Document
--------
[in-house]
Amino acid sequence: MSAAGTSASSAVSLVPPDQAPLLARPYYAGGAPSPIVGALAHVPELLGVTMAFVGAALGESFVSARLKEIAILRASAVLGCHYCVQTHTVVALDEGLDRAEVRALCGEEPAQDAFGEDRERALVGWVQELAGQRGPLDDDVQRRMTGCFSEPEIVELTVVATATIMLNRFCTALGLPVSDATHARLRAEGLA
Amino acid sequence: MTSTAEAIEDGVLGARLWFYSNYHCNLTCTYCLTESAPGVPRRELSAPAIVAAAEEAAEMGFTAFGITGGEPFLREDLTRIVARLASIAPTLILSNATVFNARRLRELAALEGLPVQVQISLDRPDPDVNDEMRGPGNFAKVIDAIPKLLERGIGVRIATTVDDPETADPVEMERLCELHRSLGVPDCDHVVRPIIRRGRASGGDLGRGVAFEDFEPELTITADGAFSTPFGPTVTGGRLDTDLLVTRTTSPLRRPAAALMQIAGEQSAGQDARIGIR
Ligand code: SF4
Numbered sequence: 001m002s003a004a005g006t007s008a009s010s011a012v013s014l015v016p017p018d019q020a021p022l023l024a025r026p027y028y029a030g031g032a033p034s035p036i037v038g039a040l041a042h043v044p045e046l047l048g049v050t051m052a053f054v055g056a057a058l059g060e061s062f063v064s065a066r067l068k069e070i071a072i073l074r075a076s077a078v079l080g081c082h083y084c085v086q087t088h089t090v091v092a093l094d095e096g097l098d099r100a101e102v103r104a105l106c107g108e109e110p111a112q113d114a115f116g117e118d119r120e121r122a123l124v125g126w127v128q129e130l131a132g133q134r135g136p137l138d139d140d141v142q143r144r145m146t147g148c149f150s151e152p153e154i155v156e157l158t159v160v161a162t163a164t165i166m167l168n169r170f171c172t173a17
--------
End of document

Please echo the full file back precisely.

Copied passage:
[in-house]
Amino acid sequence: MSAAGTSASSAVSLVPPDQAPLLARPYYAGGAPSPIVGALAHVPELLGVTMAFVGAALGESFVSARLKEIAILRASAVLGCHYCVQTHTVVALDEGLDRAEVRALCGEEPAQDAFGEDRERALVGWVQELAGQRGPLDDDVQRRMTGCFSEPEIVELTVVATATIMLNRFCTALGLPVSDATHARLRAEGLA
Amino acid sequence: MTSTAEAIEDGVLGARLWFYSNYHCNLTCTYCLTESAPGVPRRELSAPAIVAAAEEAAEMGFTAFGITGGEPFLREDLTRIVARLASIAPTLILSNATVFNARRLRELAALEGLPVQVQISLDRPDPDVNDEMRGPGNFAKVIDAIPKLLERGIGVRIATTVDDPETADPVEMERLCELHRSLGVPDCDHVVRPIIRRGRASGGDLGRGVAFEDFEPELTITADGAFSTPFGPTVTGGRLDTDLLVTRTTSPLRRPAAALMQIAGEQSAGQDARIGIR
Ligand code: SF4
Numbered sequence: 001m002s003a004a005g006t007s008a009s010s011a012v013s014l015v016p017p018d019q020a021p022l023l024a025r026p027y028y029a030g031g032a033p034s035p036i037v038g039a040l041a042h043v044p045e046l047l048g049v050t051m052a053f054v055g056a057a058l059g060e061s062f063v064s065a066r067l068k069e070i071a072i073l074r075a076s077a078v079l080g081c082h083y084c085v086q087t088h089t090v091v092a093l094d095e096g097l098d099r100a101e102v103r104a105l106c107g108e109e110p111a112q113d114a115f116g117e118d119r120e121r122a123l124v125g126w127v128q129e130l131a132g133q134r135g136p137l138d139d140d141v142q143r144r145m146t147g148c149f150s151e152p153e154i155v156e157l158t159v160v161a162t163a164t165i166m167l168n169r170f171c172t173a17